Dick, is that your name or a description? You give links to the ChildHealthSafety site. That site is nothing more than part of the Wakefield PR machine and is run by the Wakefield lawyer, Clifford Miller. You cite Wakefield’s research on MMR. Why doesn’t he publish the results of the clinical trial of Hyperbaric Oxygen Therapy? Here’s what “Oriel” had to say on the leftbrainrightbrain site:
“Could these results go some way to explaining why the clinical trial “Effects of Hyperbaric Oxygen Therapy on Children With Autism”, with Thoughtful House listed as “Sponsors and Collaborators” and Dr Wakefield as the “Study Director”, still has “no study results posted” more than two years after the study concluded!”

Read more: http://leftbrainrightbrain.co.uk/?p=3573#ixzz0Wjl0c8d1

What will Thoughtful House do when the English General Medical Council removes Wakefield’s right to practice?


Thanks for that, Jude. You’re not the only contributor on this subject. The English General Medical Council could only remove Wakefield’s right to practice in England, so he could continue to practice over here. But Erasmus questions whether the MMR-Autism theory should be attributed to Wakefield. Dick

“Please note, Andrew Wakefield was a latecomer to the MMR-Autism theory. A mother, Mrs K, an out of work business executive, concocted the notion that her son’s health had declined due to food allergy. But later she concluded that the decline in her son’s health was precipitated soon after MMR was administered and that MMR was the cause of the damage(so why had she attributed his illness to food allergy?).

A lawyer and his girl-friend were already seeking to bring legal action against MMR. The girl-friend had gained her medical expertise at a sugar-beet farm. The lawyer claimed to have qualified in the USA( but where, and in what?). He already had MMR clients, now he needed money, and the British Government was happy to pay any lawyer to misdirect a legal action against a licenced pharmaceutical. That’s how the British Government provides indemnity to certain pharmaceutical firms. The lawyer also needed a barrister, because the English legal system has a job creation scheme to fund lawyers. He picked an old school pal, a barrister, a QC(Queens Counsel or Quantum Conman?).

But the lawyer had a problem. The British MMR programme had been introduced using vaccines that had already been withdrawn in Canada for safety reasons because they caused meningitis. Litigation against those MMR vaccines for damage arising from meningitis would succeed with ease and would expose the British Government and individual civil servants to ridicule. The lawyer needed to switch attention away from the known defects of MMR and to base the litigation on bogus material. He needed a medic to come up with that bogus material – enter Dr Wakefield.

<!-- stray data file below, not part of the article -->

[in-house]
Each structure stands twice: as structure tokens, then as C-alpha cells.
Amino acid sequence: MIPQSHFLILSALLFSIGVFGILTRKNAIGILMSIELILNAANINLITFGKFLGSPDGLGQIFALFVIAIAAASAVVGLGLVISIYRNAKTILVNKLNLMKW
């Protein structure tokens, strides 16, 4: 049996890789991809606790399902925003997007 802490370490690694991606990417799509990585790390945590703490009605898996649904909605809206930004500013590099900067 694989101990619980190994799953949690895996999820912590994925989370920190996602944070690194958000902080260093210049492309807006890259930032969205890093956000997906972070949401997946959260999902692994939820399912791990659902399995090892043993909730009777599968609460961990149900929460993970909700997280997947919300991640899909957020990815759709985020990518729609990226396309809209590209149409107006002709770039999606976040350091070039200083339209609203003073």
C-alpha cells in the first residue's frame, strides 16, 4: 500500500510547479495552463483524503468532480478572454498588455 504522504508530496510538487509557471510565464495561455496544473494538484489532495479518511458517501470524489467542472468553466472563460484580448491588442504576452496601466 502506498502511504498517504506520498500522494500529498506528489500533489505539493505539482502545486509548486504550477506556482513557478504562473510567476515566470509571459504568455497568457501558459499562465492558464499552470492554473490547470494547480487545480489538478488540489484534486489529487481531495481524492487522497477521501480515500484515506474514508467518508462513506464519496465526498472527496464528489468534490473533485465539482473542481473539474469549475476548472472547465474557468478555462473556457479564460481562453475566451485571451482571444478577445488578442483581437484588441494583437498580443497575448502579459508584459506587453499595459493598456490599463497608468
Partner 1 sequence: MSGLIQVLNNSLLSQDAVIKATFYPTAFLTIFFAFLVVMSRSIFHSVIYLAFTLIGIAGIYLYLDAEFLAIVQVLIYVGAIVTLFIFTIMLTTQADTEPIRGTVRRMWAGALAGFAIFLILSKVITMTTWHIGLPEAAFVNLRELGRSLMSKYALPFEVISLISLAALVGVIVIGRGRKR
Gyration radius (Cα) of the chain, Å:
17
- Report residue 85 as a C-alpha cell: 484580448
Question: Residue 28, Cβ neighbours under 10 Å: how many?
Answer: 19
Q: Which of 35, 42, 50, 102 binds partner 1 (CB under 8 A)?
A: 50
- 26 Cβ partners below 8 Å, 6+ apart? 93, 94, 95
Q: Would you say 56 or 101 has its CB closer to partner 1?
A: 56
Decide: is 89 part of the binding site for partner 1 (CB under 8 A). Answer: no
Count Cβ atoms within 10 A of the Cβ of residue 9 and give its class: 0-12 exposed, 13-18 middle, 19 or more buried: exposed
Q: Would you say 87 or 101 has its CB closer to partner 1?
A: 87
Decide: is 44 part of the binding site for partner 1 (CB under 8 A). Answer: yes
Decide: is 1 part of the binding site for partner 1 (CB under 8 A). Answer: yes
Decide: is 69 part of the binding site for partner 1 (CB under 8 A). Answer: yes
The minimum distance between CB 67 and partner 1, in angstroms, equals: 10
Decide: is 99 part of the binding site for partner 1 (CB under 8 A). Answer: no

Mrs K contacted Dr Wakefield and then got a referral from a Psychiatrist to see one of Wakefield’s collaborators, who saw nothing of interest in the case but later, when the lawyer’s money was flowing, decided the case was of interest. That was followed by the mysterious linking of MMR to autism. God only knows how that linkage was ever taken seriously. Just look at the requirements of that nonsensical theory:

According to the theory, measles virus from MMR/MR vaccines lodges in the gut but this doesn’t happen with single vaccines or wild virus! Why not? The virus causes damage in the gut that is recognisable as new disease(the presence of the virus in the gut is unproven and the new disease does not exist). The gut trouble causes opioid peptides to enter the bloodstream(unproven) and to cross the blood-brain barrier(unproven). But then comes the most ridiculous suggestion of all – that the peptides in the brain don’t just cause generalised brain damage but cause specifically AUTISM. Autism has no objective marker and so would be especially useful in phoney litigation. All of the medics at the Royal Free Hospital and the University of London, plus the lawyers and the Legal Aid Board should have that as nonsense. Wakefield was “forced out” of the Royal Free Hospital in 2001, so why did the General Medical Council not look at his conduct until after Brian Deer’s articles in 2004? Wakefield should have been reported to the GMC by the management of the Royal Free and the lawyers in 2001 or earlier. Erasmus 23rd Nov


The British Government Drugs Adviser, Professor David Nutt, was sacked after publicly attacking Government drugs policy. Well, Nutt has quite a history.

On 26th January 2006, he sent a letter on University of Bristol headed notepaper, to the President of the General Medical Council, Sir Graeme Catto. Accompanying the letter, was a Journal article, Nutt said was to assist with the proposed changes to the GMC Code of Practice. Advising Catto that it addressed difficulties on matters of conflict of interest, he moved on to how the document also, in his opinion, raised serious concerns about the scientific and ethical conduct of Dr David Healy. Nutt posed the question, “I wonder is this something the GMC should be worried about”?